First Minister Peter Robinson has told MLAs the Northern Ireland Assembly would have “gone down” if there had been no agreement on welfare reform.
MLAs have spent most of Tuesday debating the welfare reform bill, which has reached the consideration stage in Stormont’s legislative process.
The day’s proceedings adjourned at 22:00 GMT but will resume on Wednesday.
Welfare reform had caused an impasse until a deal was reached at December’s inter-party talks in Stormont House.
Politicians agreed to set aside tens of millions of pounds for a fund designed to provide financial support for those adversely impacted by welfare changes.
‘Killing off discussion’
Mr Robinson said the financial cost of not implementing welfare reform would have been at such a level that “we could not have sustained an executive”.
He said that other parties could not have an “a la carte” approach to the Stormont House Agreement.
“If people genuinely want to move forward in Northern Ireland, then it is important this legislation goes through. It’s important that the parties uphold the agreement that all of us reached,” he said.
At the start of the debate, the DUP was accused of “killing off discussion” of the bill.
Ulster Unionist Roy Beggs said the DUP had done so by tabling a series of petitions of concern against amendments to the bill.
“They have displayed the undemocratic nature of their attitudes as MLAs and the undemocratic nature of their party, which of course has the word democracy in their name,” he said.
Mr Robinson rejected Mr Beggs’ claim that his party’s actions were “shameful”.
What is a petition of concern?
The measure was designed as a way to safeguard minority rights in Stormont’s power-sharing assembly.
If a petition of concern is presented to the assembly speaker, any motion or amendment will need cross-community support.
In such cases, a vote on proposed legislation will only pass if supported by a weighted majority (60%) of members voting, including at least 40% of each of the nationalist and unionist designations present and voting.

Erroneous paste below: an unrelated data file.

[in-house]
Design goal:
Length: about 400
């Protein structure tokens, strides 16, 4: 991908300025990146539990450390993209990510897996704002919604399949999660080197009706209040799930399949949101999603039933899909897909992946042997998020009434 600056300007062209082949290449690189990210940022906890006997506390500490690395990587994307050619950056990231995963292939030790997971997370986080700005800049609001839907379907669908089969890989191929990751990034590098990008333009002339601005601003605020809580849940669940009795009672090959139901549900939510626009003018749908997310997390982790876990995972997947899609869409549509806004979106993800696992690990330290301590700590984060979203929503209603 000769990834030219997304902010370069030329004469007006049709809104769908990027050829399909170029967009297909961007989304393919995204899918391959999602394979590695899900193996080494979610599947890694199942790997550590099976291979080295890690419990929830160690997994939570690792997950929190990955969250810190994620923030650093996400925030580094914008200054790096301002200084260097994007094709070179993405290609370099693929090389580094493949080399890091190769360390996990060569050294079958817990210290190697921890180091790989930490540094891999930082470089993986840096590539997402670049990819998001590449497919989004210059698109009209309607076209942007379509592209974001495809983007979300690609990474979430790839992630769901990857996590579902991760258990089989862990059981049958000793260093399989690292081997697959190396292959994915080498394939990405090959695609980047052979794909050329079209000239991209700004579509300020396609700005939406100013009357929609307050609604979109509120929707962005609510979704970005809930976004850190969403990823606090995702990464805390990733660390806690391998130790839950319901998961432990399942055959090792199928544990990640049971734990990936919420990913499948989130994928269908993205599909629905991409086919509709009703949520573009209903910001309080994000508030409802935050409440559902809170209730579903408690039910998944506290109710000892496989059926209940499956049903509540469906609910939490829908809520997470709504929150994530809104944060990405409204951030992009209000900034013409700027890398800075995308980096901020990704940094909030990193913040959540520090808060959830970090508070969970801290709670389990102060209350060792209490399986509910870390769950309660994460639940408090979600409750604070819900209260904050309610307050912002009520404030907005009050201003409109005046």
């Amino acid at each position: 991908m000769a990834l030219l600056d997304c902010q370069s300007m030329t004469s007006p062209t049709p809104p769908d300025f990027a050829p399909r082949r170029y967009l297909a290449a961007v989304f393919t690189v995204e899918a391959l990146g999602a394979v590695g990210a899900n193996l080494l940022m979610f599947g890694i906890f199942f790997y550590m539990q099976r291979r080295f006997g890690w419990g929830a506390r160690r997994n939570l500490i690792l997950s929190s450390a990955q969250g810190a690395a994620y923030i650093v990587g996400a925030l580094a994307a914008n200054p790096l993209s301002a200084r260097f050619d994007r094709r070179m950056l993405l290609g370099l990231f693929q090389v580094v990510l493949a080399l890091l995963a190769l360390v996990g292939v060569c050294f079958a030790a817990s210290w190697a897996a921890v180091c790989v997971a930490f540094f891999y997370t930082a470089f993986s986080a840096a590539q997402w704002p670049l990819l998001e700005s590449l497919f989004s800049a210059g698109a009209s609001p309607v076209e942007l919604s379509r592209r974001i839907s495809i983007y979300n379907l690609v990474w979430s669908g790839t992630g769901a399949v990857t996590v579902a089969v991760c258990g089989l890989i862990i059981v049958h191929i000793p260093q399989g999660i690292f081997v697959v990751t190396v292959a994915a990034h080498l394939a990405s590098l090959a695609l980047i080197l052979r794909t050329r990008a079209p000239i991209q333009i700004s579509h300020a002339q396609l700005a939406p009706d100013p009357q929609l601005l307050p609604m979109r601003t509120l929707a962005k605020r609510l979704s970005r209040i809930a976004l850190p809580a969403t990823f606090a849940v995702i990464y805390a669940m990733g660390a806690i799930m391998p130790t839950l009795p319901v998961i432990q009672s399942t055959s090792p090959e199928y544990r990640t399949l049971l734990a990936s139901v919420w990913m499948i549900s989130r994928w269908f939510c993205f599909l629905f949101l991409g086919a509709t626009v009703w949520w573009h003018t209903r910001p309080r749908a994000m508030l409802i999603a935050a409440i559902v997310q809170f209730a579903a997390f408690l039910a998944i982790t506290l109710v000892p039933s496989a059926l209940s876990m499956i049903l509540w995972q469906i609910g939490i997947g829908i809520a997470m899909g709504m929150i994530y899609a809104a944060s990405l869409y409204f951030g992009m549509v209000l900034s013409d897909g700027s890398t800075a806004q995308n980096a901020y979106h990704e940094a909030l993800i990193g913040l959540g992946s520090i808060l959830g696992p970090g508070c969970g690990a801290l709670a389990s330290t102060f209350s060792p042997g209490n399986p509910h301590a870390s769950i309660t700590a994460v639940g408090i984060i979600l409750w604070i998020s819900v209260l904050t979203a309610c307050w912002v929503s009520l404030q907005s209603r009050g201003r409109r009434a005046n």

Effectively this means that, provided enough MLAs from a particular community agree, that community can exercise a veto over the assembly’s decisions.
Apart from the amendments tabled by Social Development Minister Mervyn Storey of the DUP, only two others – put forward by the UUP – survived.
However, Mr Robinson, the first minister, said assembly members were still capable of discussing the bill as well as the amendments.
The SDLP’s Alex Attwood accused the DUP of trying to run a “coach and horses” through the amendments.
“Never before in the life of the chamber has there been such a swingeing attempt through petitions of concern to shut down what might be good law for the people of this part of the world,” he said.
Sinn Féin’s Martin McGuinness said some SDLP assembly members were defying their party leader Alasdair McDonnell by tabling the amendments in the chamber.
“The SDLP dissidents are clearly now in charge of the party and are prepared to risk the collapse of the Stormont House Agreement – and thereby the power-sharing institutions themselves – for the sake of party political grandstanding,” he said.
Generally, Northern Ireland Assembly bills reach their consideration stage a few months after MLAs first debate their principles.
The fact that two years and four months have passed since this bill was last on the floor of the chamber shows just how difficult the arguments over welfare reform have been.
However, the essential deal was struck before Christmas, with the parties accepting the introduction of universal credit and personal independence payments, to replace benefits such as jobseeker’s allowance, tax credits and disability living allowance.
Stormont is providing support for those adversely impacted financially by the changes to the welfare system by setting aside nearly £30m to assist claimants who lose out in 2015/16.
Sinn Féin has claimed the fund will amount to more than £500m over the next six years.
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